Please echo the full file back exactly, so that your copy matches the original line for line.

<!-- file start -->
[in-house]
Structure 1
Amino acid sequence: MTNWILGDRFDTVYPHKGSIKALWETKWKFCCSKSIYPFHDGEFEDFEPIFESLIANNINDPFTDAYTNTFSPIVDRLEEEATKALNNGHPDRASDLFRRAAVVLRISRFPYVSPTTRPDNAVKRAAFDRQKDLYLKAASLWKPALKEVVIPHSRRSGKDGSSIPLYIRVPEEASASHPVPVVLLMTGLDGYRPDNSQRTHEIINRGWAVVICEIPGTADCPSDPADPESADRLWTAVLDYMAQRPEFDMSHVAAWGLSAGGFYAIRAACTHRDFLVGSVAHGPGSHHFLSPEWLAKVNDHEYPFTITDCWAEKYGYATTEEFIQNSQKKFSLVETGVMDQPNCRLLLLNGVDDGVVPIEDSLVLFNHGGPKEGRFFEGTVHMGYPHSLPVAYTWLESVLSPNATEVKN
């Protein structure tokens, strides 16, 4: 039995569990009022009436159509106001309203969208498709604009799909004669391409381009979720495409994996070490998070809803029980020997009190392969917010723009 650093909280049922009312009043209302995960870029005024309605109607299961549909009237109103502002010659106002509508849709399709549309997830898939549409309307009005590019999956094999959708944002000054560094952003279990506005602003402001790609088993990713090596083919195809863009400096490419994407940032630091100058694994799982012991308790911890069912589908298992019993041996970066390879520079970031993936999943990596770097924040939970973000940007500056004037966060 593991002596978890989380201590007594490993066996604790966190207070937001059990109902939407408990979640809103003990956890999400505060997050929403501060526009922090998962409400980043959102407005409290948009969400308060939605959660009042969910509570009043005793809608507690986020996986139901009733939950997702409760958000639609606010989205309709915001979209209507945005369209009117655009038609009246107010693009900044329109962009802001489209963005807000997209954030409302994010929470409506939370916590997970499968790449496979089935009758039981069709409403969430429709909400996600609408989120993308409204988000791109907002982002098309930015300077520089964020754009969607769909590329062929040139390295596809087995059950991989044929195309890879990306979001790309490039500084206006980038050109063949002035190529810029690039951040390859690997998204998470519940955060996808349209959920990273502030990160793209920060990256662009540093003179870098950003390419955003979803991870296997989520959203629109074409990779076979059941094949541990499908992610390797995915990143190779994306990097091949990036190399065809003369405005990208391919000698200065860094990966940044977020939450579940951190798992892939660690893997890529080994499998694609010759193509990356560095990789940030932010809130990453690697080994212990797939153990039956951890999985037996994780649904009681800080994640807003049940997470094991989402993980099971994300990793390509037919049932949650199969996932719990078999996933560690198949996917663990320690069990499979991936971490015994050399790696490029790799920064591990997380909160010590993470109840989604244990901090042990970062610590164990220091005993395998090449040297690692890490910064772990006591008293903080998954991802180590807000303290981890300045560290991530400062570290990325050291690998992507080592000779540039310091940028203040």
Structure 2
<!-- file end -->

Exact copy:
[in-house]
Structure 1
Amino acid sequence: MTNWILGDRFDTVYPHKGSIKALWETKWKFCCSKSIYPFHDGEFEDFEPIFESLIANNINDPFTDAYTNTFSPIVDRLEEEATKALNNGHPDRASDLFRRAAVVLRISRFPYVSPTTRPDNAVKRAAFDRQKDLYLKAASLWKPALKEVVIPHSRRSGKDGSSIPLYIRVPEEASASHPVPVVLLMTGLDGYRPDNSQRTHEIINRGWAVVICEIPGTADCPSDPADPESADRLWTAVLDYMAQRPEFDMSHVAAWGLSAGGFYAIRAACTHRDFLVGSVAHGPGSHHFLSPEWLAKVNDHEYPFTITDCWAEKYGYATTEEFIQNSQKKFSLVETGVMDQPNCRLLLLNGVDDGVVPIEDSLVLFNHGGPKEGRFFEGTVHMGYPHSLPVAYTWLESVLSPNATEVKN
């Protein structure tokens, strides 16, 4: 039995569990009022009436159509106001309203969208498709604009799909004669391409381009979720495409994996070490998070809803029980020997009190392969917010723009 650093909280049922009312009043209302995960870029005024309605109607299961549909009237109103502002010659106002509508849709399709549309997830898939549409309307009005590019999956094999959708944002000054560094952003279990506005602003402001790609088993990713090596083919195809863009400096490419994407940032630091100058694994799982012991308790911890069912589908298992019993041996970066390879520079970031993936999943990596770097924040939970973000940007500056004037966060 593991002596978890989380201590007594490993066996604790966190207070937001059990109902939407408990979640809103003990956890999400505060997050929403501060526009922090998962409400980043959102407005409290948009969400308060939605959660009042969910509570009043005793809608507690986020996986139901009733939950997702409760958000639609606010989205309709915001979209209507945005369209009117655009038609009246107010693009900044329109962009802001489209963005807000997209954030409302994010929470409506939370916590997970499968790449496979089935009758039981069709409403969430429709909400996600609408989120993308409204988000791109907002982002098309930015300077520089964020754009969607769909590329062929040139390295596809087995059950991989044929195309890879990306979001790309490039500084206006980038050109063949002035190529810029690039951040390859690997998204998470519940955060996808349209959920990273502030990160793209920060990256662009540093003179870098950003390419955003979803991870296997989520959203629109074409990779076979059941094949541990499908992610390797995915990143190779994306990097091949990036190399065809003369405005990208391919000698200065860094990966940044977020939450579940951190798992892939660690893997890529080994499998694609010759193509990356560095990789940030932010809130990453690697080994212990797939153990039956951890999985037996994780649904009681800080994640807003049940997470094991989402993980099971994300990793390509037919049932949650199969996932719990078999996933560690198949996917663990320690069990499979991936971490015994050399790696490029790799920064591990997380909160010590993470109840989604244990901090042990970062610590164990220091005993395998090449040297690692890490910064772990006591008293903080998954991802180590807000303290981890300045560290991530400062570290990325050291690998992507080592000779540039310091940028203040």
Structure 2